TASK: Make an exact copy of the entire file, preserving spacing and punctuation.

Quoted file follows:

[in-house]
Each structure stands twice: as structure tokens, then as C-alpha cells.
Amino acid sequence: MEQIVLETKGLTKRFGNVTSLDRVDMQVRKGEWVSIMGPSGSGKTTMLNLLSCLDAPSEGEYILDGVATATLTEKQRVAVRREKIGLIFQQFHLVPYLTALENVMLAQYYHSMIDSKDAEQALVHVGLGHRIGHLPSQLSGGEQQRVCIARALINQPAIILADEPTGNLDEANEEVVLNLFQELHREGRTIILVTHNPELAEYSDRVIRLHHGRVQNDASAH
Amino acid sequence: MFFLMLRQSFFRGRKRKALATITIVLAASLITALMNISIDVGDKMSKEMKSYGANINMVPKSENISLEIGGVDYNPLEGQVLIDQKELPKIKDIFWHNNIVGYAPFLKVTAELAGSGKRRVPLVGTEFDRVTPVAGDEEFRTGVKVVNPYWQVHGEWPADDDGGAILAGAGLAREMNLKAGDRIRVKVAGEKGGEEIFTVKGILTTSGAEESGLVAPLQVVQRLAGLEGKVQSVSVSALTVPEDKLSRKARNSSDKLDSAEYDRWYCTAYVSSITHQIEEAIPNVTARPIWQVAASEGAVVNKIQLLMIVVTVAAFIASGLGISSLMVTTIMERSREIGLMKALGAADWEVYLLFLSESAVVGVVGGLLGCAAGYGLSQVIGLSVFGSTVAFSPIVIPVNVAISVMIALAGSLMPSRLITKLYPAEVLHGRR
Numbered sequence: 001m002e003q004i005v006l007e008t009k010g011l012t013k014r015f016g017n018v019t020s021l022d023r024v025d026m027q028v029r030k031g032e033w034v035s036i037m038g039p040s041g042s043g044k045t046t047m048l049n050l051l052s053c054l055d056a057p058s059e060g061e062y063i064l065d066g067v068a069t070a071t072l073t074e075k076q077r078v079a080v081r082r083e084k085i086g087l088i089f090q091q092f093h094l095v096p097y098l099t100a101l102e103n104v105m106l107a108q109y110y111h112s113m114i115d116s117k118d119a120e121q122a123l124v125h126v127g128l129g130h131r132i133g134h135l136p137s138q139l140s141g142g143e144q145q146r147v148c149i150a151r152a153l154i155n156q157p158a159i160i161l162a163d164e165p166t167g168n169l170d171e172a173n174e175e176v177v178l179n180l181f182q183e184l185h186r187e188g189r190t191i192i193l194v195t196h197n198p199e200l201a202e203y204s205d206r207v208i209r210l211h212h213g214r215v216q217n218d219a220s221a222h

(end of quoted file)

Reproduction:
[in-house]
Each structure stands twice: as structure tokens, then as C-alpha cells.
Amino acid sequence: MEQIVLETKGLTKRFGNVTSLDRVDMQVRKGEWVSIMGPSGSGKTTMLNLLSCLDAPSEGEYILDGVATATLTEKQRVAVRREKIGLIFQQFHLVPYLTALENVMLAQYYHSMIDSKDAEQALVHVGLGHRIGHLPSQLSGGEQQRVCIARALINQPAIILADEPTGNLDEANEEVVLNLFQELHREGRTIILVTHNPELAEYSDRVIRLHHGRVQNDASAH
Amino acid sequence: MFFLMLRQSFFRGRKRKALATITIVLAASLITALMNISIDVGDKMSKEMKSYGANINMVPKSENISLEIGGVDYNPLEGQVLIDQKELPKIKDIFWHNNIVGYAPFLKVTAELAGSGKRRVPLVGTEFDRVTPVAGDEEFRTGVKVVNPYWQVHGEWPADDDGGAILAGAGLAREMNLKAGDRIRVKVAGEKGGEEIFTVKGILTTSGAEESGLVAPLQVVQRLAGLEGKVQSVSVSALTVPEDKLSRKARNSSDKLDSAEYDRWYCTAYVSSITHQIEEAIPNVTARPIWQVAASEGAVVNKIQLLMIVVTVAAFIASGLGISSLMVTTIMERSREIGLMKALGAADWEVYLLFLSESAVVGVVGGLLGCAAGYGLSQVIGLSVFGSTVAFSPIVIPVNVAISVMIALAGSLMPSRLITKLYPAEVLHGRR
Numbered sequence: 001m002e003q004i005v006l007e008t009k010g011l012t013k014r015f016g017n018v019t020s021l022d023r024v025d026m027q028v029r030k031g032e033w034v035s036i037m038g039p040s041g042s043g044k045t046t047m048l049n050l051l052s053c054l055d056a057p058s059e060g061e062y063i064l065d066g067v068a069t070a071t072l073t074e075k076q077r078v079a080v081r082r083e084k085i086g087l088i089f090q091q092f093h094l095v096p097y098l099t100a101l102e103n104v105m106l107a108q109y110y111h112s113m114i115d116s117k118d119a120e121q122a123l124v125h126v127g128l129g130h131r132i133g134h135l136p137s138q139l140s141g142g143e144q145q146r147v148c149i150a151r152a153l154i155n156q157p158a159i160i161l162a163d164e165p166t167g168n169l170d171e172a173n174e175e176v177v178l179n180l181f182q183e184l185h186r187e188g189r190t191i192i193l194v195t196h197n198p199e200l201a202e203y204s205d206r207v208i209r210l211h212h213g214r215v216q217n218d219a220s221a222h